Israeli drugmaker Teva has now stepped out with a $40-billion-bid for Mylan NV, proving the rumour mill right and continuing the current mergers and acquisitions trend in the industry.
In a move that would create a new generics powerhouse with pro forma 2014 annual sales of around $30 billion, Teva has laid $82 per Mylan share on the table in a 50/50 cash/stock transaction valued at just over $40 billion.
Speculation over such a bid has been growing for some time, although Mylan chairman Robert Coury did respond to rumours on Friday by stating that the marriage would be “without sound industrial logic or cultural fit”, indicating that the firm isn’t sold on the idea.
Mylan, which is yet to officially comment on the offer, is currently trying to advance its own unsolicited $30-billion-bid for Ireland-based over-the-counter medicines group Perrigo, which has just unanimously rejected by the latter's Board.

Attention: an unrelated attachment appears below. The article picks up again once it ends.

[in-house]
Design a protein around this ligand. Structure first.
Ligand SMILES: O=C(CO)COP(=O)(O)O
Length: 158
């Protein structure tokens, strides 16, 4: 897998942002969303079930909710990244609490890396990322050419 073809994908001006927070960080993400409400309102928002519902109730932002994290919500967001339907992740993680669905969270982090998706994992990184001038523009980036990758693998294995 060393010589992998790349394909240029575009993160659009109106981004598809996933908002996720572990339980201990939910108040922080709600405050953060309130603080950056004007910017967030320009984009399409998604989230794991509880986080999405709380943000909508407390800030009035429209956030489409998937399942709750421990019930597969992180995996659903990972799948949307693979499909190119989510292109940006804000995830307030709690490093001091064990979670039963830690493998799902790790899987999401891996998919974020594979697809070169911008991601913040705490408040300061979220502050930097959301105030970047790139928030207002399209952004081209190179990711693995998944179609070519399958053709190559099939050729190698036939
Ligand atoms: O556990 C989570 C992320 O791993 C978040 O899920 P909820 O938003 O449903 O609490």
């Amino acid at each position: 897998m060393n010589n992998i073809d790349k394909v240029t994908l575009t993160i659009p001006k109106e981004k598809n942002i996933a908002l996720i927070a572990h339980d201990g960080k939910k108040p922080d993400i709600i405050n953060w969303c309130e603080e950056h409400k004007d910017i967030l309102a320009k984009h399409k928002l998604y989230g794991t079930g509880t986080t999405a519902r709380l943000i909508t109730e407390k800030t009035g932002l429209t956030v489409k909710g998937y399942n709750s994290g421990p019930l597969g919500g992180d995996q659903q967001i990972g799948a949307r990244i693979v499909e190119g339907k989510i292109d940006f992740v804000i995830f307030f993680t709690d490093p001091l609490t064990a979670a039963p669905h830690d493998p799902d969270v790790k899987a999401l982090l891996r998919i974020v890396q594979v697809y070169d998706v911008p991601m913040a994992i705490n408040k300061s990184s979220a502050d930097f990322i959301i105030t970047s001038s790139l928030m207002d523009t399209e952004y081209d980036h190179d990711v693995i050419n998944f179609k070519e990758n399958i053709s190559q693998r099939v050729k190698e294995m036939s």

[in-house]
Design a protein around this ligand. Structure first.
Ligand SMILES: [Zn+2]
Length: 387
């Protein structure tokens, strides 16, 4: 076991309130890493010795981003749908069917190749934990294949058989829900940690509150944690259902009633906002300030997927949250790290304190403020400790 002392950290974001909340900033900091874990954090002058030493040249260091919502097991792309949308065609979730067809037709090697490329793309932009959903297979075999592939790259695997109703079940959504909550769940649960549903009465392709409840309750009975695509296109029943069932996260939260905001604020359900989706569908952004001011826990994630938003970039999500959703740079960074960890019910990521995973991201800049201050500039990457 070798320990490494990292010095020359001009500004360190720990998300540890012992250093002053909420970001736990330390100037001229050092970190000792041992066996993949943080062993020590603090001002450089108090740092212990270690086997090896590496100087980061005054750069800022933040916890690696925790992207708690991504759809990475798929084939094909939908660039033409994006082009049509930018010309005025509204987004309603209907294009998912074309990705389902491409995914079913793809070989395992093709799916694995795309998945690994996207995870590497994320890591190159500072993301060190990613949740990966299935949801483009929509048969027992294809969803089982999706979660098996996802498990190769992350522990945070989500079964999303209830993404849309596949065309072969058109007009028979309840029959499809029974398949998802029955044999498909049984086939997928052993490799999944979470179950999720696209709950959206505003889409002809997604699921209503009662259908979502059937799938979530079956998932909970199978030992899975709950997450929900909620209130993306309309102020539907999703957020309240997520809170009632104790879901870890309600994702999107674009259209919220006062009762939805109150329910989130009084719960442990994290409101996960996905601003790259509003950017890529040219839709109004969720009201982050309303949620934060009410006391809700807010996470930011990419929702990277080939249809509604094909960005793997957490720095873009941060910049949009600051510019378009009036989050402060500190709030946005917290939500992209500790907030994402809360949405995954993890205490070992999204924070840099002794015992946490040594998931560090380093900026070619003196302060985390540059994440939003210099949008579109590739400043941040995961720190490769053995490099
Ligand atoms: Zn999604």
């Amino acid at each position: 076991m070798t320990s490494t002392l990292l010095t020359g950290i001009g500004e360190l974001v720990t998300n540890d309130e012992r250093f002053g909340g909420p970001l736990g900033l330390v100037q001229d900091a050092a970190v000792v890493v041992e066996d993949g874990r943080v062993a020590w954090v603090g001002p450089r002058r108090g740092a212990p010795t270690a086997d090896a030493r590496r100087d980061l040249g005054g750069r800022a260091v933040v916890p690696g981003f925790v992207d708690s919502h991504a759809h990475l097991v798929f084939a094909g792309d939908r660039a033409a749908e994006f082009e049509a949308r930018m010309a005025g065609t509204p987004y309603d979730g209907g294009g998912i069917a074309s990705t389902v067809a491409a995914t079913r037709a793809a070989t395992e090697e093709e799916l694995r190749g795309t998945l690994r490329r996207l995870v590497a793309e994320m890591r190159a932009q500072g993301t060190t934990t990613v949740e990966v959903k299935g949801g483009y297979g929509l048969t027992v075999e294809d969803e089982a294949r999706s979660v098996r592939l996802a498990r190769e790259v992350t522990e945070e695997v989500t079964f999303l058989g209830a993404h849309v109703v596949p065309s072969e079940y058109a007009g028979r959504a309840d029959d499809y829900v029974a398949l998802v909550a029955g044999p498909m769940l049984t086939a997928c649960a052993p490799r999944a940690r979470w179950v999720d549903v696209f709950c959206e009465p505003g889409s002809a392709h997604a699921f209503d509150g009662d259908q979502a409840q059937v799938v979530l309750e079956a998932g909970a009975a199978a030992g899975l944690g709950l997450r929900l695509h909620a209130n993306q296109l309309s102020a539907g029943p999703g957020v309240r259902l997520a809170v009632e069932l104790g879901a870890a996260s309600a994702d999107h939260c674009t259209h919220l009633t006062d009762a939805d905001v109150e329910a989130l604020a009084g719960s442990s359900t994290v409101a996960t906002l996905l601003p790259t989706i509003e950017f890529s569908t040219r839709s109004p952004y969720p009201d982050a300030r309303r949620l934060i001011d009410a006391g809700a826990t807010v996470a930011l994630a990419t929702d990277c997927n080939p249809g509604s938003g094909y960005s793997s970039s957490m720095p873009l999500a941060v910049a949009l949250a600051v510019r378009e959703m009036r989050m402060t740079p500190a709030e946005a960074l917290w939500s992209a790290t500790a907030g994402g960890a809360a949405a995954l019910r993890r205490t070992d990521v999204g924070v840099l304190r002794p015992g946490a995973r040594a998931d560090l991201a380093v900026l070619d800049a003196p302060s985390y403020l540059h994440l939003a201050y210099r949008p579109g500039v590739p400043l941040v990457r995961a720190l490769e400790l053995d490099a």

Mylan could now come back with a higher offer for Perrigo, or the whole move could be derailed by Teva’s bid which, it claims, is “a more attractive proposition” for Mylan shareholders.
“Our proposal would provide Teva stockholders with very attractive strategic and financial benefits and Mylan stockholders with a substantial premium and immediate value for their shares,” said Teva’s chief executive Erez Vigodman, while it was also noted that the combined group would create the broadest portfolio in the industry, with a pipeline of over 400 pending ANDAs and over 80 first-to-files in the US.
While some industry observers believe Teva will end up bidding higher for Mylan, analysts at Cowen believe the firm has made a “fair, strategically sound and wealth-creating” offer. “There is only one way to unlock the significant inherent value of each entities' generic divisions, and that is to realise the profound potential synergies – and that can only be done together,” they note, adding that both companies “can now move forward as a much stronger entity”.